Challenge Fund characteristics

Challenge Fund characteristics

The SHIFT Fund sits at the heart of a market development programme, and its goal is both to maximise the development impact of its investments and also to facilitate greater change in the market. One way that it does this is by leveraging its own investments to incentivise increased investment by others.

In addition to the challenge fund instrument, the design of the SHIFT Fund Facility is intended to also focus more on exits and brokering partnerships than is conventional for challenge funds with the aim to successfully ‘tee up’ grantees for larger funding – such as through private equity, venture capital impact investors or other debt and equity agreements, and to demonstrate to these players a vibrant and varied pipeline of projects exists that can generate the types of commercial return they are seeking.

.  While it is conceivable that SHIFT will have adequate funds of its own to pursue a part of such an agenda, it will also be important for the Fund to position itself in such a way that it can ‘crowd in’ and leverage the complementary expertise and kinds of non-grant funding that other development partners, foundations and private sector actors can provide, whether in the field of loans, guarantees, credit lines or other sources of liquidity.  Such arrangements should also allow the Fund to assist grantees in accessing TA and other non-financial support, and thereby ‘hit above its weight’.

Internal leverage is the co-funding that SHIFT derives from co-investing with grantees. By insisting on matching funds, SHIFT ensures that incentives are aligned, the grantee has some of their own ‘skin in the game’ and the total value of the investment is maximised. The SHIFT Fund expects a minimum of 50% co-investing from grantees.

External leverage refers to the resources that SHIFT can crowd into the inclusive finance space in ASEAN through its funding and its activities. To do this, the initial funds from UNCDF and the investments that they make play a strong demonstrative role, showing other donors, foundations and other capital sources of the potential of the fund for addressing financial inclusion challenges.

SHIFT is aimed at taking the conventional challenge fund grant co-funding model to a new area. The Fund Facility under SHIFT would seek, rather like private equity investors do, to place as much emphasis on the exit route of the grant funding as with the point of entry. Thus, commercial viability becomes an explicit measure of success, along with other metrics used to measure success, such as ‘impact’ and ‘additionality’.  It is important to stress that the role of SHIFT money is not to directly provide finance, but to act as a broker of partnerships with the various types of facilities indicated in the diagram below.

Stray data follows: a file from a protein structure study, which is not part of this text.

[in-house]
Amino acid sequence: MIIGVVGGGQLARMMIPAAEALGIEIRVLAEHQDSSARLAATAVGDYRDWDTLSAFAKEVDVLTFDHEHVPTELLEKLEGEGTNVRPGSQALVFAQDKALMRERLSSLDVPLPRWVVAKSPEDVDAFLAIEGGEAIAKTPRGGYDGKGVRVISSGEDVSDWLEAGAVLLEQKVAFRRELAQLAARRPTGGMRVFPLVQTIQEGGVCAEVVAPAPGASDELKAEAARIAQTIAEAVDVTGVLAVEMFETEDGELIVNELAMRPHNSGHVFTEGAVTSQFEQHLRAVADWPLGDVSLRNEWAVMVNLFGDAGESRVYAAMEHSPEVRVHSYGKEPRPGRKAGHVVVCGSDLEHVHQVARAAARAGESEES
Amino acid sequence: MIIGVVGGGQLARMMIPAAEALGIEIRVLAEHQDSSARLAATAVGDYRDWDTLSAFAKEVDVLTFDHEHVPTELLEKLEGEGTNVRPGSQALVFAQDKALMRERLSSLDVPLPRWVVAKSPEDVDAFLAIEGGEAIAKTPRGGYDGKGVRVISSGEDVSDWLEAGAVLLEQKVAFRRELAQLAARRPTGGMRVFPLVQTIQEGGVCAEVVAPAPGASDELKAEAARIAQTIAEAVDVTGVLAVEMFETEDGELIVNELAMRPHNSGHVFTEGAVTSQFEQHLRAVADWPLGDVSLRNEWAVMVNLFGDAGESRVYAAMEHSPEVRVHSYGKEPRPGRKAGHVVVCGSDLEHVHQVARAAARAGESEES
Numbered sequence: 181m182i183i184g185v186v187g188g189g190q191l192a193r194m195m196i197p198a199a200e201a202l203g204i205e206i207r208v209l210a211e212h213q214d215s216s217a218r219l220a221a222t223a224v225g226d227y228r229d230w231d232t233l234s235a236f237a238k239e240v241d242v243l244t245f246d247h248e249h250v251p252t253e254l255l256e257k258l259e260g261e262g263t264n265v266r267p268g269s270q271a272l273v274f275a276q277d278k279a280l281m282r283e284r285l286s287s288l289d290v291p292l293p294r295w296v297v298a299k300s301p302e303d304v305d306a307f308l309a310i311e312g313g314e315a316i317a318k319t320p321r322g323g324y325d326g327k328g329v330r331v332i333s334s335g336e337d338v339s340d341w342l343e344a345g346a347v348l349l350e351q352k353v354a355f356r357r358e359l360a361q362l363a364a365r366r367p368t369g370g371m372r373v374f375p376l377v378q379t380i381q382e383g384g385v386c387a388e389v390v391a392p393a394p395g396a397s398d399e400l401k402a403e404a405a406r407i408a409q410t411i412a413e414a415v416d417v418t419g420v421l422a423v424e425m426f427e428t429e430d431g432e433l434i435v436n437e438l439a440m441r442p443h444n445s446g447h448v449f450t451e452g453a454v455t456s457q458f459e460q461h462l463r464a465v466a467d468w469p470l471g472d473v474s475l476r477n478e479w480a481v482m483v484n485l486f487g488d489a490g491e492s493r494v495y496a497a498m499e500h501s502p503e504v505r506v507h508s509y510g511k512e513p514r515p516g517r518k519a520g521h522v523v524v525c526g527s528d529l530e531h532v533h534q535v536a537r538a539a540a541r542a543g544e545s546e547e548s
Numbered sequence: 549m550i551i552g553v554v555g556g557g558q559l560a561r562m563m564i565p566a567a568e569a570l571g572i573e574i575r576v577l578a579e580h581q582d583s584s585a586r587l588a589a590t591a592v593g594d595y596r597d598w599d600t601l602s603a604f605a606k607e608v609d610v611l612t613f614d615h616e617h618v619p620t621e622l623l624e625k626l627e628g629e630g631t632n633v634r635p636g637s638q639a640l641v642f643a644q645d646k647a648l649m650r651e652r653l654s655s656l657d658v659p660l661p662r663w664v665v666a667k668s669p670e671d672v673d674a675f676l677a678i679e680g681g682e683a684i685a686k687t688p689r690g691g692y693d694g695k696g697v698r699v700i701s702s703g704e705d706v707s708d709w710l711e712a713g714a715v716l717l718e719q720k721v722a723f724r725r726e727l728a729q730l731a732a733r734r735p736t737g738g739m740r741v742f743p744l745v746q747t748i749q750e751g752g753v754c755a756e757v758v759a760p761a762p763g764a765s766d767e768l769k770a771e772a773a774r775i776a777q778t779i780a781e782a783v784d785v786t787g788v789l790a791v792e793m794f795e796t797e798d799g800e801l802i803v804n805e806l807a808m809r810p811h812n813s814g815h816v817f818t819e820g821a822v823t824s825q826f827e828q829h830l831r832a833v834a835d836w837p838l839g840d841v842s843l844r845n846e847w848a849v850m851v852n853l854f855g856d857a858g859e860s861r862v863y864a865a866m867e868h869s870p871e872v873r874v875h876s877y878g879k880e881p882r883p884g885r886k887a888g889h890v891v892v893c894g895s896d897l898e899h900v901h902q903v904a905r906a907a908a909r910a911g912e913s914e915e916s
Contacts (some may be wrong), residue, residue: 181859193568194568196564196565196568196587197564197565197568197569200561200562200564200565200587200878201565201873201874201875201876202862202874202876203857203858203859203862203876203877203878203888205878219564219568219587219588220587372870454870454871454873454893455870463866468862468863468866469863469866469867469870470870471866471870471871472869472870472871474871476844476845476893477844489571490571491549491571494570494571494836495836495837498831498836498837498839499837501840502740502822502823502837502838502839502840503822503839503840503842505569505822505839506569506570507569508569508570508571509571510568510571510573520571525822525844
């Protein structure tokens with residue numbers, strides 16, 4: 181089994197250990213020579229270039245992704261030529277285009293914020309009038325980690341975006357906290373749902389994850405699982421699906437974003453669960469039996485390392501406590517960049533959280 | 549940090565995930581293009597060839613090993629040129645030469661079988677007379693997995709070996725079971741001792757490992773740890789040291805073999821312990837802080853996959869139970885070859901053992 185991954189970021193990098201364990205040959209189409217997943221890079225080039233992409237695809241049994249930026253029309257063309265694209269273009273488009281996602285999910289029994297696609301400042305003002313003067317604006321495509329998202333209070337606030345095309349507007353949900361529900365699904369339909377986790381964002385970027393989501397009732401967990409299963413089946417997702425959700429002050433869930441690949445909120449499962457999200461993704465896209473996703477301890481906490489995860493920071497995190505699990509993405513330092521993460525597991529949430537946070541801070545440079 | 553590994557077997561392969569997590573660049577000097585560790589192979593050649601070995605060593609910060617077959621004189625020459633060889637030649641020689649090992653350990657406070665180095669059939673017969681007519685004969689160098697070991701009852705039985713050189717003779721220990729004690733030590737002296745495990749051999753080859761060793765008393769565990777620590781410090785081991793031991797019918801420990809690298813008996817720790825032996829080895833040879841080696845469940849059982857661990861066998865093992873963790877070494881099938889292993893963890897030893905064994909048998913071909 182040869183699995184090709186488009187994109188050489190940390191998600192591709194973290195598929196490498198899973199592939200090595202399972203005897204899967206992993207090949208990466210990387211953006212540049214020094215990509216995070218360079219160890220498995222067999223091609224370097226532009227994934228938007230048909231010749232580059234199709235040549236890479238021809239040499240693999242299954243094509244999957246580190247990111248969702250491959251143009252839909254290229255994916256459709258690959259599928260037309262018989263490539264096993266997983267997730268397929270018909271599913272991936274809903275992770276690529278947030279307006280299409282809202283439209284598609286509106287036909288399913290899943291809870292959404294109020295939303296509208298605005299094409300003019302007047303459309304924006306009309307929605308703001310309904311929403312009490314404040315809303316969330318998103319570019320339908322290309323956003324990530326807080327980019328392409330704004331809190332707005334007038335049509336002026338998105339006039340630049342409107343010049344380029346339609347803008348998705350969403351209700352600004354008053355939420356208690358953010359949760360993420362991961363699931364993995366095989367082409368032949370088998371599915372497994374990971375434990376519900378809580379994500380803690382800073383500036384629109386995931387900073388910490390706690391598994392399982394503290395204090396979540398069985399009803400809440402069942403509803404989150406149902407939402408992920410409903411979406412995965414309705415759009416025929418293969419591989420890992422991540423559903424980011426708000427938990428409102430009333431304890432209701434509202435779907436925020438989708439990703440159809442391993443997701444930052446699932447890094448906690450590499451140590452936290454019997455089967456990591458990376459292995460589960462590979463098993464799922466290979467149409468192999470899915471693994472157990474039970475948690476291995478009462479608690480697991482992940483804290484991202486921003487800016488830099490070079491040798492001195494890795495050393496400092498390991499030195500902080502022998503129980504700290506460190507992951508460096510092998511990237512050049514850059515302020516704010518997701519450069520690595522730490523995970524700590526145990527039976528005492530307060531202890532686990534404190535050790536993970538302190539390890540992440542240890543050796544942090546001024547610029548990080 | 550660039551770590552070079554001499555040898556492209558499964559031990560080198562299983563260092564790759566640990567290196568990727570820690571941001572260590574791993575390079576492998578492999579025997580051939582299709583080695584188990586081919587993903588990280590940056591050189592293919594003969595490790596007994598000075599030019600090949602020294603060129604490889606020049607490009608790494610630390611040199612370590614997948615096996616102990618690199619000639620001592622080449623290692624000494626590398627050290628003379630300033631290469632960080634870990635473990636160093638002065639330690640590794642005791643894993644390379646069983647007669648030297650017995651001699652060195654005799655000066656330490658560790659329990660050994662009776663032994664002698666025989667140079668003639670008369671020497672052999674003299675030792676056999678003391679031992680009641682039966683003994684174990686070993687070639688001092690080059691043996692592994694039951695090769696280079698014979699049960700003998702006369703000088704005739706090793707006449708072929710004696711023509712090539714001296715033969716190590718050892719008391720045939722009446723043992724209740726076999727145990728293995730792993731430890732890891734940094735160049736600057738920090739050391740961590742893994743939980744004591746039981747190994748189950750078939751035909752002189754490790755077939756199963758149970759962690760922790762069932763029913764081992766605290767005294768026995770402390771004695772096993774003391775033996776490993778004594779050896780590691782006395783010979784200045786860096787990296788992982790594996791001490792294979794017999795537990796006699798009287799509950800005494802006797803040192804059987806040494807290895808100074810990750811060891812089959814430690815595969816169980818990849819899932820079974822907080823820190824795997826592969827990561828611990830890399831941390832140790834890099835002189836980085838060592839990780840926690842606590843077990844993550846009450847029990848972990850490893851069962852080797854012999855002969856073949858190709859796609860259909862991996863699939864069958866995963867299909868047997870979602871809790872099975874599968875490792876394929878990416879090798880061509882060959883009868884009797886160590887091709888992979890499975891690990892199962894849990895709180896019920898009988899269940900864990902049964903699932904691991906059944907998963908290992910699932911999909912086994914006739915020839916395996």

Figure 19: Facilitating partnerships to deliver scale

Thus in order to assist grant recipients, the SHIFT team will work to establish connections with suitable private equity, venture capital, impact investors, angel networks, business incubators and other sources of commercial funding (including strategic investors from the financial industry).  It is important to highlight that not all projects would be thus passed on through this facility, but it is likely that at least the top 30% or more of the highest performing projects within the SHIFT portfolio will utilise this facility. Thus, the Fund would be seeking to create a network of commercial funding relationships focused on the CLMV, from which a greater ‘deal flow’ may then transpire.

It is hoped that the SHIFT Fund Facility, will over time be regarded by donors, governments, and regulators as a valuable tool to engage financial sector organisations / businesses to deliver a range of public goods to support financial inclusion for women, businesses and the poor within the CLMV. The SHIFT fund facility has the added advantage of complementing existing programmes and interventions, such as the credit guarantee facilities run by USAID’s DCA through to leveraging donor financing to target a particular aspect of financial inclusion through the targeting of specific windows.  

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